Like every good lesbian, I love shows involving other lesbians, no matter how ridiculous they are. That being said, I recently found myself marathoning the entire run of The L Word and wondering two things: 1. Does anyone in L.A. go to work? and 2. Am I having enough sex? If you've never seen that show, just mentally replace it with your favorite trashy drama-thon. It doesn't really matter what it is. Entertainment has kind of a one-track mind. It's stars rarely have killer menstrual cramps or an intense urge to watch an entire series of a show on Netflix before leaving the couch. It just looks like people have time to put on full makeup and flawless outfits, only to have them ruined in the sack.
In the real world, sexual frequency varies dramatically from couple to couple. According to a leading New York urologist, average sexual frequency for couples in their 20s is about every one to three days, tapering off to about twice per week in your 30s. But that's just an average, not a hard-set rule. Here are some tips for determining whether you are having enough sex. Because sometimes it is really, really hard to know what's normal and what's not. Spoiler: The answer is way easier than you think it is.
1. Do you feel like you're having enough sex?
If you're happy and satisfied, even if you're only doing the deed sporadically (like, every election day), then BOOM. Question answered. Yes. You're having enough sex. Some doctors say it's not normal to have no sex drive at all, while a rising population of asexual people would beg to differ. There's no hard science that says you need to have sex a certain number of times (or at all) for your physical or emotional health. There are studies that indicate people who have sex two or three times per month are happier than people who have less sex, but that doesn't mean you can't be happy if you like way more or way less sex. You get to make the rules.
2. Does your partner feel like you're having enough sex?
Varying sex drives is right up there with money on the list of things couples argue about the most. It's also a place in your relationship where a little give and take and a lot of communication are important.
If you have a low sex drive and your partner has a high sex drive, you might benefit from cultivating what The Society of Obstetricians and Gynecologists of Canada calls "a sexually neutral state." This means that you're not particularly craving sex, but you're not opposed to it, either. When your partner wants it bad, you can train your body to go from a sexually neutral state to an aroused state with some foreplay, patience, and communication.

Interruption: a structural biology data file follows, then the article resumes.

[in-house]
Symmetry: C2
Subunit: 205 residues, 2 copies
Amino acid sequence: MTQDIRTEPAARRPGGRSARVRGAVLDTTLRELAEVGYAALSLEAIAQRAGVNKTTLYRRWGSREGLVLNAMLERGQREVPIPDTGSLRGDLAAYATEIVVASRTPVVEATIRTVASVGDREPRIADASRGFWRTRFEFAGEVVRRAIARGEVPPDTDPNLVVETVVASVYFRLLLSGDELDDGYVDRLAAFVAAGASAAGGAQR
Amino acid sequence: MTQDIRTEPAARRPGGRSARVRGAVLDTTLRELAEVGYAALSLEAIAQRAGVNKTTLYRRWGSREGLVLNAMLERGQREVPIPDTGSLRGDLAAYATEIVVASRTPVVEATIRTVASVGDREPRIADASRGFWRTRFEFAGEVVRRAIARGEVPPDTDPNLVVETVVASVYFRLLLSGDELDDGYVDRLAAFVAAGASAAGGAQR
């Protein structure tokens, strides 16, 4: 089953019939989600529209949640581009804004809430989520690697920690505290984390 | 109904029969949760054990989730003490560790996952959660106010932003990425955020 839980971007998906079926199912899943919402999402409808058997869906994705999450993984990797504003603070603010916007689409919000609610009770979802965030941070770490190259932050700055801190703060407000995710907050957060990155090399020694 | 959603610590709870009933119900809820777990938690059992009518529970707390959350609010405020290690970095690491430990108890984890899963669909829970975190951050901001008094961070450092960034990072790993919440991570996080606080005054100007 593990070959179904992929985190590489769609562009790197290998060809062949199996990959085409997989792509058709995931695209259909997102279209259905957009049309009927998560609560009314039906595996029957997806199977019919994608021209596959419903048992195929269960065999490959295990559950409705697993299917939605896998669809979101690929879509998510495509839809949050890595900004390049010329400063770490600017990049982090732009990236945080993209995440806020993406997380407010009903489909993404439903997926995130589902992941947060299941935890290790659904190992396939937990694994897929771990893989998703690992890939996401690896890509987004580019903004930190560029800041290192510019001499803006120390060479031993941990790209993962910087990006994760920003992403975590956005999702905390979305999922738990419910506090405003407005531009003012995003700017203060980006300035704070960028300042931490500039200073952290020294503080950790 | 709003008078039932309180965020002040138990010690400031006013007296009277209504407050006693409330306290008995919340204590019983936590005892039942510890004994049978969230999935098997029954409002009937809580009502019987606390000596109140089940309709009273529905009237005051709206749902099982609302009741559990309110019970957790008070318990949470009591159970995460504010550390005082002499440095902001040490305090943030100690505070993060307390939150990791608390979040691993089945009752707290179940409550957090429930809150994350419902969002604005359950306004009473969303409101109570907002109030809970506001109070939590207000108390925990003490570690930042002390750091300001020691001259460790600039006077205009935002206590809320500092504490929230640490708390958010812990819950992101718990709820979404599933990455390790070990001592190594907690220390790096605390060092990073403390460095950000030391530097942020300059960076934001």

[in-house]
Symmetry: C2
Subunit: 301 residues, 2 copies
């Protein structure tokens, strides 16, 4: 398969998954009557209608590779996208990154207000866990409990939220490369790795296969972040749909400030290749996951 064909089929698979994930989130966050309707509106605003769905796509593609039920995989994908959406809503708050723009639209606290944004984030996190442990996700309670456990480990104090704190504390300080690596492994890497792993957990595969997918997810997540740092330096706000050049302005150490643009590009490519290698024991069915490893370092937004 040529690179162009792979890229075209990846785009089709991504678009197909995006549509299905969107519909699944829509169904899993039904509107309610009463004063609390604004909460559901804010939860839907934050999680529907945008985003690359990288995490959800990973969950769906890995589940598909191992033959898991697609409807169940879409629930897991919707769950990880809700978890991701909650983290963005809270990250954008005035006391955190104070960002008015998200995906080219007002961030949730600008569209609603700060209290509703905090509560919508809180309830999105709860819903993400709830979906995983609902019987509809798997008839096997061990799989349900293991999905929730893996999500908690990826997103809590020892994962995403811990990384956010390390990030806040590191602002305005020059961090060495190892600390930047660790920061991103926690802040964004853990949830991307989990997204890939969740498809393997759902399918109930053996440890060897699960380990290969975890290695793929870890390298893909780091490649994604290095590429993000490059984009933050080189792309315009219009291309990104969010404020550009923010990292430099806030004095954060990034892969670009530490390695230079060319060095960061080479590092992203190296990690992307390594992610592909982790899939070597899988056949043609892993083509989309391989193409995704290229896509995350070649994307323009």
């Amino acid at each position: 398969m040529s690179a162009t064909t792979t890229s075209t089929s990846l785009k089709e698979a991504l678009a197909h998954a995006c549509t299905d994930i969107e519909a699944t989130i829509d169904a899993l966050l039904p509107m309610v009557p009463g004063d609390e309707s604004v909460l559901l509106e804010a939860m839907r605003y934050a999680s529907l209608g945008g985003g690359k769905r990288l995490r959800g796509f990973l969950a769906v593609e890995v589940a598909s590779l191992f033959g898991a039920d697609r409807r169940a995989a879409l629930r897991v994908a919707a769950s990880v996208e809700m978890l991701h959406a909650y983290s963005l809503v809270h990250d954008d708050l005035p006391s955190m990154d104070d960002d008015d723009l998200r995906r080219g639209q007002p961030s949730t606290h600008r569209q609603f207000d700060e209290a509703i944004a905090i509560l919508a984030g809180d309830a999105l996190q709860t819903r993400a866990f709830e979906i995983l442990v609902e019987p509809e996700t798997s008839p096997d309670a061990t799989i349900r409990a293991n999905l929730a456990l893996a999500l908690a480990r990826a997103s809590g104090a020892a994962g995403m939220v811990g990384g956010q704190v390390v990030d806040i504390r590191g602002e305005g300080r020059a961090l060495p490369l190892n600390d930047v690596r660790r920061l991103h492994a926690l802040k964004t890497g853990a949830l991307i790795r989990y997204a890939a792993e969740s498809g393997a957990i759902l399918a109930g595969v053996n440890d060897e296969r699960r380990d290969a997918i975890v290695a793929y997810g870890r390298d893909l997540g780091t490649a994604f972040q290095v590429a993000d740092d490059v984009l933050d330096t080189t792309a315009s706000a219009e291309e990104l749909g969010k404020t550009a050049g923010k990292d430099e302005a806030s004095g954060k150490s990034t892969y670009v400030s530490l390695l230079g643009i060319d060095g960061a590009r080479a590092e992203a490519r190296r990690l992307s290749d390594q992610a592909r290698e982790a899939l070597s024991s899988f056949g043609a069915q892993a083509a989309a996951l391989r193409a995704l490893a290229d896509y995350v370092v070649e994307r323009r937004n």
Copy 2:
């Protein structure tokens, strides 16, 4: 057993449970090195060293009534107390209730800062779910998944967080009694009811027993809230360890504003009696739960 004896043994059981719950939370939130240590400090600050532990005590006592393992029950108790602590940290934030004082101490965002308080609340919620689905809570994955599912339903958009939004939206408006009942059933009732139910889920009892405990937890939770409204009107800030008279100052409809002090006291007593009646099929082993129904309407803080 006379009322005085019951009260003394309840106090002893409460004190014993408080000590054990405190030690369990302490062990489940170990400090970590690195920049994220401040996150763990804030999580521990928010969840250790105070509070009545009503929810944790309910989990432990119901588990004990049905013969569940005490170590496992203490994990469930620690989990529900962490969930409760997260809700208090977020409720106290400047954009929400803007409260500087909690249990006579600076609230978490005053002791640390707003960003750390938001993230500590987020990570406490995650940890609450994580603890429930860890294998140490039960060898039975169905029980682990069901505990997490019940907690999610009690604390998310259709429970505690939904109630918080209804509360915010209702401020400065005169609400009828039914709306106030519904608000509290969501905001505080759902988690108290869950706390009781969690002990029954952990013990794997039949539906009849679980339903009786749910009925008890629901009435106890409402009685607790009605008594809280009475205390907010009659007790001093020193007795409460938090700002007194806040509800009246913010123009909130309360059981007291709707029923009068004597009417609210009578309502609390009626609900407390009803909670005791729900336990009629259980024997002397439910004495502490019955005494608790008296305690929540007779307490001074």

But if you're not into having more sex, let your partner know. You never have to have sex when you don't want to. On the flip side, you can't make your partner have sex when he or she isn't in the mood. You may need to explore other options for meeting each other's sexual needs. And if you're both fine with having varying sex drives, even better.
3. Do you worry that you have a low sex drive?
If you want to have more sex, but your body is just not cooperating, you could have an underlying medical problem. Common health concerns, such as high blood pressure, depression, and hormone imbalances, all wreak havoc on your libido. The pill and other medications can have similar effects. See your doctor and talk frankly about your sexual desire (or lack thereof). If the problem turns out to not be related to a physical ailment, you could have a mental or emotional issue stemming from trauma, breakups, or conditions like depression and anxiety. Be your own health advocate, and keep going until you get your sex drive up to where you want it.
That's it. Three things. That's kind of all there is to know about your sex drive. No study or advice column can tell you if your sex life would make a better documentary on the History Channel than HBO or pay-per-view. Only you, your partner, and your healthcare providers get a say.
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